BACKGROUND: Nature-based social prescribing programmes, such as Blue Prescription Programmes (BPPs), promote public health and the health improvement of individuals with long-term conditions. However, there is little evidence that explains the context and mechanisms of implementing BPPs in health and social care settings that could inform policy and practice.
METHODS: We conducted a systematic realist review by searching six databases (PubMed, Web of Science, PsycInfo, MEDLINE, Scopus, and CINAHL) for articles published in English, between January 2000, and June 2022. We used search terms related to health and social care professionals providing referral to or the prescription of blue space activities with health-related outcomes (eg, [prescription] AND [blue spaces OR river] AND [swimming OR fishing] AND [mental health OR physical health]). We thematically developed contextual factors by analysing the context of implementing BPPs. We used these contextual factors to develop programme theories describing the mechanisms of BPP implementation.
FINDINGS: 16 studies with adequate to high quality were included from 8619 records. Service users had improvements to their physical, mental, and social health, as well as their environmental knowledge, after participating in BPPs referred to or prescribed by health and social care professionals. Patient-related contextual factors were referral information, free equipment and transportation, social support, blue space environments, and the skills of service providers. Programme-related contextual factors were communication, multi-stakeholder collaboration, financing, and adequate service providers.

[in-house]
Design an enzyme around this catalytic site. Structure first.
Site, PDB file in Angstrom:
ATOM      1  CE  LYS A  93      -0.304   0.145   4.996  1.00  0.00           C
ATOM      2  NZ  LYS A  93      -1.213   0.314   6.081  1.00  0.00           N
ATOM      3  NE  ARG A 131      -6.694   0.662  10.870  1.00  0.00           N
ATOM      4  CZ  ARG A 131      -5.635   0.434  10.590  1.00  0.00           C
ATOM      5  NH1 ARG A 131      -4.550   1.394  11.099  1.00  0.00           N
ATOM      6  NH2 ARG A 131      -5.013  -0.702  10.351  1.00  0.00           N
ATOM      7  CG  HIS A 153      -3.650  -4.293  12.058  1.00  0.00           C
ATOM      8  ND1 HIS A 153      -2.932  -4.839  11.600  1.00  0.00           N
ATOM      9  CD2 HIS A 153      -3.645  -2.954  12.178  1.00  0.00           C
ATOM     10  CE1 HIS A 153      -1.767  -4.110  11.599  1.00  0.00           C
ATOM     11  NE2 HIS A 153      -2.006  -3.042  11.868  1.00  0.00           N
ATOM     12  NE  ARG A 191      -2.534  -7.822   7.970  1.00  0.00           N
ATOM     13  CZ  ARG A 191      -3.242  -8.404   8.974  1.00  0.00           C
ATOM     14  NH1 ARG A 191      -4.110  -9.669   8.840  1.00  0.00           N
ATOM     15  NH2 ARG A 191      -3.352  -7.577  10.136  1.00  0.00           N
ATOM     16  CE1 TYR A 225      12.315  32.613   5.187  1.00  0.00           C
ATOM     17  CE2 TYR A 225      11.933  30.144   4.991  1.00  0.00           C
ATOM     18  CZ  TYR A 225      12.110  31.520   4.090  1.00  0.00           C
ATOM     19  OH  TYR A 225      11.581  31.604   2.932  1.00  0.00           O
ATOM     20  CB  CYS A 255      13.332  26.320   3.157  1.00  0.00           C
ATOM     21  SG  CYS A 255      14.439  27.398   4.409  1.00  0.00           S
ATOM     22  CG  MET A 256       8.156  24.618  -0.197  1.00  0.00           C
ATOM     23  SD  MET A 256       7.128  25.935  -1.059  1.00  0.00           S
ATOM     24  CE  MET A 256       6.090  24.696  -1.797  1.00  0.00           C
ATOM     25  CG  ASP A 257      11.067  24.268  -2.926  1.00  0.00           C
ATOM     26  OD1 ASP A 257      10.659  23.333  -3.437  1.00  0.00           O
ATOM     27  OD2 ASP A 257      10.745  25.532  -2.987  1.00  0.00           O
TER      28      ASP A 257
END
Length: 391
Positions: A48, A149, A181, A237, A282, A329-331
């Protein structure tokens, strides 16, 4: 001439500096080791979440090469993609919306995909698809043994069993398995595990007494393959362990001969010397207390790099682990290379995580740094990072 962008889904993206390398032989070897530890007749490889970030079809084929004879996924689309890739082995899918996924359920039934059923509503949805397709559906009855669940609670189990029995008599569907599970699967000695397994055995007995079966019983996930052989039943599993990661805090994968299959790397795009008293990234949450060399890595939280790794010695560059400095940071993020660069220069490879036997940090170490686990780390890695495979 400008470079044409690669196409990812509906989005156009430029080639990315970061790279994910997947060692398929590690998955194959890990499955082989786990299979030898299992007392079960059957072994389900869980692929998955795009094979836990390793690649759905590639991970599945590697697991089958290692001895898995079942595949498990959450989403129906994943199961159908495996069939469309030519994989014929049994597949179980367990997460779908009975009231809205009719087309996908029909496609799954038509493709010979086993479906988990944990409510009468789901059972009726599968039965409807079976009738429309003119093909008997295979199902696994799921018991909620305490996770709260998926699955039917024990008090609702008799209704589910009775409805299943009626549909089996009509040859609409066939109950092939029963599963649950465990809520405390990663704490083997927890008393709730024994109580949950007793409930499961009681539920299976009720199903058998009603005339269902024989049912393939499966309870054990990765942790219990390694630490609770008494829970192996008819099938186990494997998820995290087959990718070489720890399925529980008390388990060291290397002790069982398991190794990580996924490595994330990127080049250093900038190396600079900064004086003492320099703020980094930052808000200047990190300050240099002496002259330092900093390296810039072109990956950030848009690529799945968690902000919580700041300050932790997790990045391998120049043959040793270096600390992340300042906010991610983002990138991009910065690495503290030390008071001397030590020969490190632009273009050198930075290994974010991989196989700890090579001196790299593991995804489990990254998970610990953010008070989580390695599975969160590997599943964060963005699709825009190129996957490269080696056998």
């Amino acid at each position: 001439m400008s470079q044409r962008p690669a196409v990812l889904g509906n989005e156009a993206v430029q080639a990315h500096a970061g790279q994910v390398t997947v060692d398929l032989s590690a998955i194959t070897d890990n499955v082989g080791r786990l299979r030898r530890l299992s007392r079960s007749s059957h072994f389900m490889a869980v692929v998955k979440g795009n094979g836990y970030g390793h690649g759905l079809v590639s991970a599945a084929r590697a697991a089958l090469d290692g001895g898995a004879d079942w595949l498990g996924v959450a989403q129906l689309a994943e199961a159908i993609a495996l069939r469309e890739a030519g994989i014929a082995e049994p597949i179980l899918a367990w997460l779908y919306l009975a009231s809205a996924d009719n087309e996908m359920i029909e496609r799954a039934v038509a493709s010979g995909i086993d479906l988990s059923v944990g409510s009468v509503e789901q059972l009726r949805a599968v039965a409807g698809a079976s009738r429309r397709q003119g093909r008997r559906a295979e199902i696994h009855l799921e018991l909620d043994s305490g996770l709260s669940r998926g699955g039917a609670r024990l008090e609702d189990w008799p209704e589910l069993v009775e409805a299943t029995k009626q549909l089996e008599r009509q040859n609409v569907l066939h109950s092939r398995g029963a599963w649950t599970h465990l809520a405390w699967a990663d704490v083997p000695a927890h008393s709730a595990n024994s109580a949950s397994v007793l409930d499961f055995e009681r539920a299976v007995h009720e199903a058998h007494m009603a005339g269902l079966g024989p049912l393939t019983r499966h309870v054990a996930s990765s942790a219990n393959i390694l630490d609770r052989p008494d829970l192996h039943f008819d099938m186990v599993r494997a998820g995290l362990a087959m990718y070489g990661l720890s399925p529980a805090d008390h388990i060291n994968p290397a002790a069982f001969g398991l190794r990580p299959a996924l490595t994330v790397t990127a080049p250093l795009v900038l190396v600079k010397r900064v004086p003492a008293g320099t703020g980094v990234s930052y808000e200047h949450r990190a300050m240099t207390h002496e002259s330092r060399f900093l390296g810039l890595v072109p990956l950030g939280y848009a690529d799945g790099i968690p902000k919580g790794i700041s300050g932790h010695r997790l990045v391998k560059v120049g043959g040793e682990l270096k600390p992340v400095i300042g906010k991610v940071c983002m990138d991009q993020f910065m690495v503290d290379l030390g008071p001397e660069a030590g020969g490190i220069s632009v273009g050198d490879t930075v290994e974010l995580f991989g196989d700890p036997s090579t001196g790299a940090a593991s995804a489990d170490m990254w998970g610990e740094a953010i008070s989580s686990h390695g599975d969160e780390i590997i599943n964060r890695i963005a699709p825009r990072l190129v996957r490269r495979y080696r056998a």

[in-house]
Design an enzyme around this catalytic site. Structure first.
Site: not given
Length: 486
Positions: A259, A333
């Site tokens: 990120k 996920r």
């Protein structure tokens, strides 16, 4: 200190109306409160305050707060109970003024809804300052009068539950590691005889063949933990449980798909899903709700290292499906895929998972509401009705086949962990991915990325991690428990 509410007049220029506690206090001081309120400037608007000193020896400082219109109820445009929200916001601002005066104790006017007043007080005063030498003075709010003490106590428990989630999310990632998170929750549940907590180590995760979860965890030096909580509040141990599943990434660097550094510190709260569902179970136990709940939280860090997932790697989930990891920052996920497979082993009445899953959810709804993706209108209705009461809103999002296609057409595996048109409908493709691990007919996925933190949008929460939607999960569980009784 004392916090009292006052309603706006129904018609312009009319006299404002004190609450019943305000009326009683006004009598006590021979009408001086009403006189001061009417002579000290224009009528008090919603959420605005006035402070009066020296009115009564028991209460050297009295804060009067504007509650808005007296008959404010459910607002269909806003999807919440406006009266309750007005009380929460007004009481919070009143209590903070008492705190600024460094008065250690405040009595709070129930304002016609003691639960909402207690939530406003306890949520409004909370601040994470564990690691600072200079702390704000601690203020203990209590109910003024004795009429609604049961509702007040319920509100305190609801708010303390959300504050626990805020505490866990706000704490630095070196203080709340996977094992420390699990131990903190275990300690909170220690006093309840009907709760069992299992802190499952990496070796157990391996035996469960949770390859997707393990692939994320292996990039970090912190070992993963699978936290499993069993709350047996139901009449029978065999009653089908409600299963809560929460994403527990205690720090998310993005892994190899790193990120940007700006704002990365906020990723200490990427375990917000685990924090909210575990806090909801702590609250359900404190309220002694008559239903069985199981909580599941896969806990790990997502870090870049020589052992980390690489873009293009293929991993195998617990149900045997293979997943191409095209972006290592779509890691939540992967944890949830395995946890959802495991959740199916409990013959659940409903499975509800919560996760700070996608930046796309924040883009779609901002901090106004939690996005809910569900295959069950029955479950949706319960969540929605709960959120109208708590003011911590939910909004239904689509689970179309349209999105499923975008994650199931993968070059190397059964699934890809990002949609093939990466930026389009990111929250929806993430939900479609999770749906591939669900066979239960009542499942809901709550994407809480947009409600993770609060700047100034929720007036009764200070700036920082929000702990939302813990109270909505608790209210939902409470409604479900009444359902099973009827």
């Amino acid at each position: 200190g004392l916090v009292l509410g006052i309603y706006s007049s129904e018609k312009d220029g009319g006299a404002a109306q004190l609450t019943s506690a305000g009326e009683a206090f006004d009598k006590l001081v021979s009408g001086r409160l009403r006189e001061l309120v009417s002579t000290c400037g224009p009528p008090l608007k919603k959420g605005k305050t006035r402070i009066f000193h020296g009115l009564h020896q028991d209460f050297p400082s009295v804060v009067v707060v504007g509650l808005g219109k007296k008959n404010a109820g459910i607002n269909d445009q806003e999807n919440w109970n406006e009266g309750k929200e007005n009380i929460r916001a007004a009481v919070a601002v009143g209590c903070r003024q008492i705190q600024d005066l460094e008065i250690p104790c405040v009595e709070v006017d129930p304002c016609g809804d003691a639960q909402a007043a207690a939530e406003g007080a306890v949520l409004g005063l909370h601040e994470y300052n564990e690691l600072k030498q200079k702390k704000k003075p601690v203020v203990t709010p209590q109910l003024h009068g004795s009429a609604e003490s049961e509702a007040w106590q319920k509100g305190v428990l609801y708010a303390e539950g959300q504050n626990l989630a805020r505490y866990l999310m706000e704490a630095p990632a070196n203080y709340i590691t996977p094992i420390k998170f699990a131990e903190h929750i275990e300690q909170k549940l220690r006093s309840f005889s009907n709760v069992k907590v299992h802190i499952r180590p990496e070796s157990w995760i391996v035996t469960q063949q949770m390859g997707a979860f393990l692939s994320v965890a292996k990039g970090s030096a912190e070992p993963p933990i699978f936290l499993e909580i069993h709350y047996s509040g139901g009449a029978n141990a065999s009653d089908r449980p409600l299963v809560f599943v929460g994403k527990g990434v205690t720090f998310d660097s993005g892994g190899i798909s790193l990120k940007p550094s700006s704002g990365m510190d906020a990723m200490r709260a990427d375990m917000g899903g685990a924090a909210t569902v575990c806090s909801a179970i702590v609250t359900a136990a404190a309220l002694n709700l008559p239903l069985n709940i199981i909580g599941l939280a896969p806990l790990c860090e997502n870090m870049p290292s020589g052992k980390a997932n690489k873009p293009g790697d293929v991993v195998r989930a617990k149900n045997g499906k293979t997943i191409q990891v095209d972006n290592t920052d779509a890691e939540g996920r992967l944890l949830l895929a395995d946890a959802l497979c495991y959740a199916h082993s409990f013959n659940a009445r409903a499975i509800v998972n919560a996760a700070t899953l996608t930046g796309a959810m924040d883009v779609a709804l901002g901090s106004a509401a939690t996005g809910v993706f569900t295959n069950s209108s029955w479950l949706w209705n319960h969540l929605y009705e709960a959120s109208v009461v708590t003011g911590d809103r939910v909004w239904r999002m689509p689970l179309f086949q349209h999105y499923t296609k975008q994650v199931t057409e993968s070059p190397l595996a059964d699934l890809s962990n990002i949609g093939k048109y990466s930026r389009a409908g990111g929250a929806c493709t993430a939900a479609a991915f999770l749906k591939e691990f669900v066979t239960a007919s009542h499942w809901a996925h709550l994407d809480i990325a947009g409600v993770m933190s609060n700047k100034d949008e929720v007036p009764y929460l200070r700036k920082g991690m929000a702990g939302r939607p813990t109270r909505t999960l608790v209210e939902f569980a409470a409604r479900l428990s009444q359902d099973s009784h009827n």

INTERPRETATION: Programme theories on patient enrolment, engagement, adherence, communication protocols, and long-term programme sustainability described the mechanisms of BPP implementation. BPPs could support health and social care services if contextual factors, mechanisms, and programme theories associated with patients' characteristics and programme delivery are considered in the planning, development, implementation, and evaluation of similar nature-based social prescribing programmes in health and social care settings.
FUNDING: Scottish Government Hydro Nation Scholars Programme.
- mental health
- social support
ASJC Scopus subject areas
- Health(social science)
- Public Health, Environmental and Occupational Health
- Health Policy
- Medicine (miscellaneous)